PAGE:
In 1996, California passed landmark legislation legalizing medicinal cannabis. In the ensuing 20 years, the state’s unregulated medical market exploded into arguably the largest cannabis economy in the world. In 2016, Californians voted to both legalize personal use as well as to create a regulated cannabis marketplace. California now has an opportunity to lead the nation in ending a failed drug war.
The legalization movement presents both challenges and opportunity. Cannabis legalization should minimize environmental harm, increase economic opportunity, and reduce criminal activity. Cannabis policy must also be implemented equitably, ensuring benefits to the less powerful, including rural communities and people of color.
California is both the oldest producer of medical cannabis and also a significant producer of outdoor and seasonally farmed cannabis. Over decades and generations, unregulated cannabis farms have proliferated in many rural areas of the state, creating economic opportunity and stability for those often underrepresented communities. Legacy farmers historically live on the land and are self-funded; any profits stay in the local community rather than funding outside corporate interests. That economic bedrock is now under threat.
Environmental stewardship is an essential component of effective cannabis policy. Cannabis operations are subject to environmental challenges in sensitive and remote watersheds. Trespass cultivation sites have been associated with illegal water diversions, the dumping of toxic products into watersheds, the illegal clearing of trees, and copious amounts of trash and human waste on wilderness lands. Bringing operations into environmental compliance requires funding and agency support within an achievable time frame. Cannabis cultivation should be required to meet the same standards as other agricultural operations, such as vineyards.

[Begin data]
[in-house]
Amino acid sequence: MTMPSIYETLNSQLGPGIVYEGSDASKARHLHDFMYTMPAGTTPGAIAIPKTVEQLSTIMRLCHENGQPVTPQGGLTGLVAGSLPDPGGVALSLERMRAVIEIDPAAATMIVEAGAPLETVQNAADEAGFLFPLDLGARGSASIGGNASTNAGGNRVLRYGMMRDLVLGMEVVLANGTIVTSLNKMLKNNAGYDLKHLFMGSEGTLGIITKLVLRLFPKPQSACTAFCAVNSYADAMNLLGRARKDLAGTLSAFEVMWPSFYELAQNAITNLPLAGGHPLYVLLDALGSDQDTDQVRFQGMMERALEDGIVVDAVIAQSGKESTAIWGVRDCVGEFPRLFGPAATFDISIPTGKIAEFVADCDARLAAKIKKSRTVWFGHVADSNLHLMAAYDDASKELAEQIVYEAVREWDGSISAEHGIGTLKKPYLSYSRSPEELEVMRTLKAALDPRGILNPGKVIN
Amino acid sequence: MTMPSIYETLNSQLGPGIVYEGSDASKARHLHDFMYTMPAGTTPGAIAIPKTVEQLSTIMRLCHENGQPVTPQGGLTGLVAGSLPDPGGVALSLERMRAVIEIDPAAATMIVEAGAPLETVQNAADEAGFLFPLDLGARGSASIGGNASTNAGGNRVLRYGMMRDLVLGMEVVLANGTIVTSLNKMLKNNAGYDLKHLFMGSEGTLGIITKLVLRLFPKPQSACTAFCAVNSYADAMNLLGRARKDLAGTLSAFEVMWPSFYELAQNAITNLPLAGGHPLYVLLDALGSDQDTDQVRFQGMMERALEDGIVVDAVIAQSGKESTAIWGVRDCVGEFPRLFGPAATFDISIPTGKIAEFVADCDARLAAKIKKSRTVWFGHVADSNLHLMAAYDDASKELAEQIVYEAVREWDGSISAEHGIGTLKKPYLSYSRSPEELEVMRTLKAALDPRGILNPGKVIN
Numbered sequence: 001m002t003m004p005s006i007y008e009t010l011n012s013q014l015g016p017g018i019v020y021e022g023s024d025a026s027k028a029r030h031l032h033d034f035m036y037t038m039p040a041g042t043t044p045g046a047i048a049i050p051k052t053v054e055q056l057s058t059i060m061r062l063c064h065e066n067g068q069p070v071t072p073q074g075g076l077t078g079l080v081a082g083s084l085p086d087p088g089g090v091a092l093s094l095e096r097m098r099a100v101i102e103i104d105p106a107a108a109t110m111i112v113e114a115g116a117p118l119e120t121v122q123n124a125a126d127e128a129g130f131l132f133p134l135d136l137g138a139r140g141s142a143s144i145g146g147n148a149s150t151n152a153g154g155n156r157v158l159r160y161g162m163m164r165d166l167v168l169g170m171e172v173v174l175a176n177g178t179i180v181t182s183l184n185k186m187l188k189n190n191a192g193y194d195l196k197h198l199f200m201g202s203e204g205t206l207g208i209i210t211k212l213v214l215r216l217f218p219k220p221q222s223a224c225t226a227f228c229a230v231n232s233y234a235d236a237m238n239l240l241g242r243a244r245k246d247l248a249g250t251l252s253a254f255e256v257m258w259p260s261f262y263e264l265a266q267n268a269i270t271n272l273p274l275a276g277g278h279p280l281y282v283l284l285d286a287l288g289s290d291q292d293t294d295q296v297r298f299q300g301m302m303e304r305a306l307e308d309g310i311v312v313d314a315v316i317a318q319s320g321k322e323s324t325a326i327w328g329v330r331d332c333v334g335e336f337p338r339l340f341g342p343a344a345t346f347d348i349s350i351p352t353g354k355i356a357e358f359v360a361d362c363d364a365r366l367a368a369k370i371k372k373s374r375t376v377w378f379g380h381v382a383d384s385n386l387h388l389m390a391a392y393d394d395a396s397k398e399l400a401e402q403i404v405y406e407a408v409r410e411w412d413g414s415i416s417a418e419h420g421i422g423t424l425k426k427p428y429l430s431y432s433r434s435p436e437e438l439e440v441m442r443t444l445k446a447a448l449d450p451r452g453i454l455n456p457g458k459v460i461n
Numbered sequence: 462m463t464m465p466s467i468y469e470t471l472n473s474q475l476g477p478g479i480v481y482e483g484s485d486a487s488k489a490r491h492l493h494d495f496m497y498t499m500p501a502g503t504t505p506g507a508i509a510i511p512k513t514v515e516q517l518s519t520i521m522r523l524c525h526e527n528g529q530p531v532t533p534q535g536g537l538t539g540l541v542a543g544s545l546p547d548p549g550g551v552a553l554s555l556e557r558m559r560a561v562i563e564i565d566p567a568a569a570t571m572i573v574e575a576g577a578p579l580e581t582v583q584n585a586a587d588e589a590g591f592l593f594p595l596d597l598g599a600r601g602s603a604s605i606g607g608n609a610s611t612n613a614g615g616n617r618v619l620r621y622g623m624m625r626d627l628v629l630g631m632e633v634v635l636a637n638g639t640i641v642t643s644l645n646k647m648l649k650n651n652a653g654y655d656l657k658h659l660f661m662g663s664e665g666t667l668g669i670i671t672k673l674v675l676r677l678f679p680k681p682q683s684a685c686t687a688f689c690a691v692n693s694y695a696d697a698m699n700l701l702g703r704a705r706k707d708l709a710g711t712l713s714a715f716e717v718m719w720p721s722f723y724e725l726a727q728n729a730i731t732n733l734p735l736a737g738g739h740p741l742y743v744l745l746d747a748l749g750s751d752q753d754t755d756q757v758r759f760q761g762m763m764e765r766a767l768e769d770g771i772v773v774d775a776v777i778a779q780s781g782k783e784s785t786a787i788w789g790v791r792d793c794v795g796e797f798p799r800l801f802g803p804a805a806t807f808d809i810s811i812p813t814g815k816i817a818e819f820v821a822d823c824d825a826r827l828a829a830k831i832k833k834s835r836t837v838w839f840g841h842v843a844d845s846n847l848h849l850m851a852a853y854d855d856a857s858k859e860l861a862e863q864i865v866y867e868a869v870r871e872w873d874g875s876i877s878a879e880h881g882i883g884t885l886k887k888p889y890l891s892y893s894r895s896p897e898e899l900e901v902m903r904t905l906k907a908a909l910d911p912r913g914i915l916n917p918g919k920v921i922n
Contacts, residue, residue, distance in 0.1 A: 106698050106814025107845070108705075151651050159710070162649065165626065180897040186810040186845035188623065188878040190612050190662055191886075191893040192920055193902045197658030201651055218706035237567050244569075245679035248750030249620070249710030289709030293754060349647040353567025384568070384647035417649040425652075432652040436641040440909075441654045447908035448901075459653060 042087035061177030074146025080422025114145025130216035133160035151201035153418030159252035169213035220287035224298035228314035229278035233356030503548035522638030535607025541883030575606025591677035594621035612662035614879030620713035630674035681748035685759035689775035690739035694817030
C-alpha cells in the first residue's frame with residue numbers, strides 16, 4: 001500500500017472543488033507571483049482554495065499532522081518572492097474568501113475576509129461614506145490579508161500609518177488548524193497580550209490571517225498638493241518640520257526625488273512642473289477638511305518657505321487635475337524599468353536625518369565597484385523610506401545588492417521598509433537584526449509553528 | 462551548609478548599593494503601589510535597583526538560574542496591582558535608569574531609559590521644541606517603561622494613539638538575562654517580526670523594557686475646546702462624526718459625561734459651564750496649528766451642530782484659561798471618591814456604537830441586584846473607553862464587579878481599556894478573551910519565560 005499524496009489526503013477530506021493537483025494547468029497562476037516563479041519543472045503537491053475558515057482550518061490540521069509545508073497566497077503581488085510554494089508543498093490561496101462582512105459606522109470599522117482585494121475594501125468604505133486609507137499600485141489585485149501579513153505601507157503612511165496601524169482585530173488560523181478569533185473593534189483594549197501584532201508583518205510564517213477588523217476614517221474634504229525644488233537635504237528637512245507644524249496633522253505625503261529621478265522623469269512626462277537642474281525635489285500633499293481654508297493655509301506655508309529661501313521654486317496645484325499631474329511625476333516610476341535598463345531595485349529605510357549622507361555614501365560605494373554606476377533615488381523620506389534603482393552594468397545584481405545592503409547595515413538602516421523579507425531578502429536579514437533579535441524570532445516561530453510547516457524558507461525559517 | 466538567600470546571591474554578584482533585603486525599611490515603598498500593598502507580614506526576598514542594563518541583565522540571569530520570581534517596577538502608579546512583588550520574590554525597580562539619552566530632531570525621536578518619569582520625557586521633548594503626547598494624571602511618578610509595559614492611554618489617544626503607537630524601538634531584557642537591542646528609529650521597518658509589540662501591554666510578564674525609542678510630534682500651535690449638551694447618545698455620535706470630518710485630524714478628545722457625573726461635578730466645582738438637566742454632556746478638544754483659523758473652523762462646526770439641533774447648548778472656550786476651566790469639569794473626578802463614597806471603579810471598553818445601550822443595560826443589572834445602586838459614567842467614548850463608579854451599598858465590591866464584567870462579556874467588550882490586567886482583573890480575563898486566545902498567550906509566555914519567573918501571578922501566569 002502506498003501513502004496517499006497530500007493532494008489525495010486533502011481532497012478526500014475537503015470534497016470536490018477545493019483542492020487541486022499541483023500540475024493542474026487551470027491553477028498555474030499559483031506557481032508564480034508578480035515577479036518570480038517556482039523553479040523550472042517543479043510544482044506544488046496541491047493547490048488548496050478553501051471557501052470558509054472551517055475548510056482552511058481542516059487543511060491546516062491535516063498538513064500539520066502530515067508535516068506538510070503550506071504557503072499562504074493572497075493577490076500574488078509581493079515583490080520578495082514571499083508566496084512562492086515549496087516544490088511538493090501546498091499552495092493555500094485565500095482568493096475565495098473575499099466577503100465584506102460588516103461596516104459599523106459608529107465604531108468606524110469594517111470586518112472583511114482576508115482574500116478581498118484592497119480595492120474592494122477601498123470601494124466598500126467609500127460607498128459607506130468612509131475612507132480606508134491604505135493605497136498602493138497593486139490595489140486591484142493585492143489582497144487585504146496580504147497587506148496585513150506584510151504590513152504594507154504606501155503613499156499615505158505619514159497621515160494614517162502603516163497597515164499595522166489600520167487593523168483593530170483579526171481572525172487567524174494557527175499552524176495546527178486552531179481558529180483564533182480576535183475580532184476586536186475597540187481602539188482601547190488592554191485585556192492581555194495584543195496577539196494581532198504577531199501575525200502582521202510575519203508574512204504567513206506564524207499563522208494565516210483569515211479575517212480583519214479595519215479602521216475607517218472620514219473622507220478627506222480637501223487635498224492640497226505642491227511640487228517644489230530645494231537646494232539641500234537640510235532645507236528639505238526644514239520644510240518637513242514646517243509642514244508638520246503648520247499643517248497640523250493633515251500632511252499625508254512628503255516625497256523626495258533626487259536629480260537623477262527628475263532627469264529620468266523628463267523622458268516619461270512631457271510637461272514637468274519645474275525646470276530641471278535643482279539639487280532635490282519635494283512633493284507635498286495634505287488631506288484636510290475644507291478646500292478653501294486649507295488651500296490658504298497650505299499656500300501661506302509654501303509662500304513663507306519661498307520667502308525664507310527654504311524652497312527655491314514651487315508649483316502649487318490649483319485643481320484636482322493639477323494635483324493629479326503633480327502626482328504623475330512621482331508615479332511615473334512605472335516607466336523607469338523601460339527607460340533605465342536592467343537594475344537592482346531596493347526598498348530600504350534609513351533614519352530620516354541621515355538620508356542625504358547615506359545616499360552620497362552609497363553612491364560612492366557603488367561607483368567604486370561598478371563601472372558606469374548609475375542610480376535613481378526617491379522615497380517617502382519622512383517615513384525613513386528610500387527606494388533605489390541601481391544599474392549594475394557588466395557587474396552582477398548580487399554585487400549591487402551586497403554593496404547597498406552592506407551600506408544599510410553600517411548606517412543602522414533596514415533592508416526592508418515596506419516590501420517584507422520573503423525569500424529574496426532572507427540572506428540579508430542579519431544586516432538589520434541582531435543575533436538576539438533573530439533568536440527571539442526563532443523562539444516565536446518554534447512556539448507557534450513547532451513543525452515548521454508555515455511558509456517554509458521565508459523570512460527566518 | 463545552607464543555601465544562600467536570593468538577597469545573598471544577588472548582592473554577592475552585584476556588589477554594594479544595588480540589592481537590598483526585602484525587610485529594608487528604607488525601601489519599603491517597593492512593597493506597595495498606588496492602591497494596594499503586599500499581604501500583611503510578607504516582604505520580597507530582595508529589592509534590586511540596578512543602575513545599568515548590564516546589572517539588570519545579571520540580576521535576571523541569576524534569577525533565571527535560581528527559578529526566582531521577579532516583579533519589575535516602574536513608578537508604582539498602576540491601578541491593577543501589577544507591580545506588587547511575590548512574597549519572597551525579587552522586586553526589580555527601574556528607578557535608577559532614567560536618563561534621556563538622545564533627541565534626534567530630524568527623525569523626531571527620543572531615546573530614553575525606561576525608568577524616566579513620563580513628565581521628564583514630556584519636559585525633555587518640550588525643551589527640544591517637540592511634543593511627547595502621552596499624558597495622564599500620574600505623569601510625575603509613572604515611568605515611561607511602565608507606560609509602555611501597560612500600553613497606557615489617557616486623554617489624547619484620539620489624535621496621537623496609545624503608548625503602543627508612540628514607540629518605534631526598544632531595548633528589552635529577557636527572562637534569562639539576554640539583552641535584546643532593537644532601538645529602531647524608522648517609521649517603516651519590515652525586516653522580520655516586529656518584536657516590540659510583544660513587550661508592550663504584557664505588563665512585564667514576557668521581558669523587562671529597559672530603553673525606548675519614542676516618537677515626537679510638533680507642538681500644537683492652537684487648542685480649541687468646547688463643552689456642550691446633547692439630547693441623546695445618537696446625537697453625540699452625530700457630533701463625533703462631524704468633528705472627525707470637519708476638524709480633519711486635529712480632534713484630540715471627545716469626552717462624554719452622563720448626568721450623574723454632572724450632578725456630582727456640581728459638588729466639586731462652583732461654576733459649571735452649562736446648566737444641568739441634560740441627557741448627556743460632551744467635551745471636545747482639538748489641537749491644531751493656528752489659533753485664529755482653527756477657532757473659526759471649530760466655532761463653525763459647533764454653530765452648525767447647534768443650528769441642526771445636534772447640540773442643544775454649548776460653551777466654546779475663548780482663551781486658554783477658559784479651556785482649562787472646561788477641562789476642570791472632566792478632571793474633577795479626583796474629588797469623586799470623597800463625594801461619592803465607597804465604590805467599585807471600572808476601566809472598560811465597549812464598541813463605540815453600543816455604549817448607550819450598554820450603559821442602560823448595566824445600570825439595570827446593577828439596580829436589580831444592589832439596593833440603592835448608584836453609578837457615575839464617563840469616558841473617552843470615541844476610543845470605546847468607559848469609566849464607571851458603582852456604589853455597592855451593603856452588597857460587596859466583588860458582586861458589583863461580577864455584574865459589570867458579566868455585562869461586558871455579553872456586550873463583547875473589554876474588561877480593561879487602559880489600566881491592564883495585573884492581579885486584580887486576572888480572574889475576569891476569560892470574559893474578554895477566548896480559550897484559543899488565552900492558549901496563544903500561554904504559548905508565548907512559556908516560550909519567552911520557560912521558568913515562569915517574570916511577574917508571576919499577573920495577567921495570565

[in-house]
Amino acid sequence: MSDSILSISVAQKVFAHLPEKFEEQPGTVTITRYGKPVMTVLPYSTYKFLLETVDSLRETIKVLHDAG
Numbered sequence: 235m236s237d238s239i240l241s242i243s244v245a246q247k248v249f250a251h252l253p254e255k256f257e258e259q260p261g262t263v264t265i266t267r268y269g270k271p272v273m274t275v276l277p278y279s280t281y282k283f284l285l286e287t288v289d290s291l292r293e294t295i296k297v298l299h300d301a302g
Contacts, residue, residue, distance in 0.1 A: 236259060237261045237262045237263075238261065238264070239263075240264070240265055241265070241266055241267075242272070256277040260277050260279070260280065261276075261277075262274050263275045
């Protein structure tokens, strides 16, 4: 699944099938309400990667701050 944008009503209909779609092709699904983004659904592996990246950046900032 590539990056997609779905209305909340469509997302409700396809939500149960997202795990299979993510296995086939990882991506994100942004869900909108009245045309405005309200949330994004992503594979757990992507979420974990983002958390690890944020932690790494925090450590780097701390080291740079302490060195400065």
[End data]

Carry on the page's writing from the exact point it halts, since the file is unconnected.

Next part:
Economic justice for all remains elusive, even as the legal cannabis economy expands globally. California’s traditional cannabis farming communities are facing economic challenges and uncertainty. The financial and logistical barriers created by California’s regulatory framework is forcing legacy growers out of the legal cannabis market, while newly established corporate cannabis operations have an increased stronghold. Local and state policy must incentivize the small legacy operations and constrain large corporate control of the cannabis market. Legal growers need regulatory and tax relief as well as public banking.
Equity programs designed to increase participation for minorities and the economically disadvantaged are allowed by state law, but funding and deployment of such programs are left to local jurisdictions. To help stabilize California’s traditional cannabis farming communities, more local equity programs are needed to ensure a level playing field for legacy farmers. Equitable access to the regulated market helps ensure compliance with strict environmental laws. Disrupting unlicensed cannabis operations and the unregulated market then encourages patients and consumers to utilize the regulated market.
Fair and equitable cannabis policy presents an opportunity to grow the Party. Historically, rural communities dependent on the cannabis economy do not vote. In Nevada County, a cannabis ban initiative was overturned by registering significant numbers of new voters resulting in a Democratic majority in a traditionally Republican county. California Democratic candidates must be armed with current and comprehensive cannabis education to gain new ground in 2020.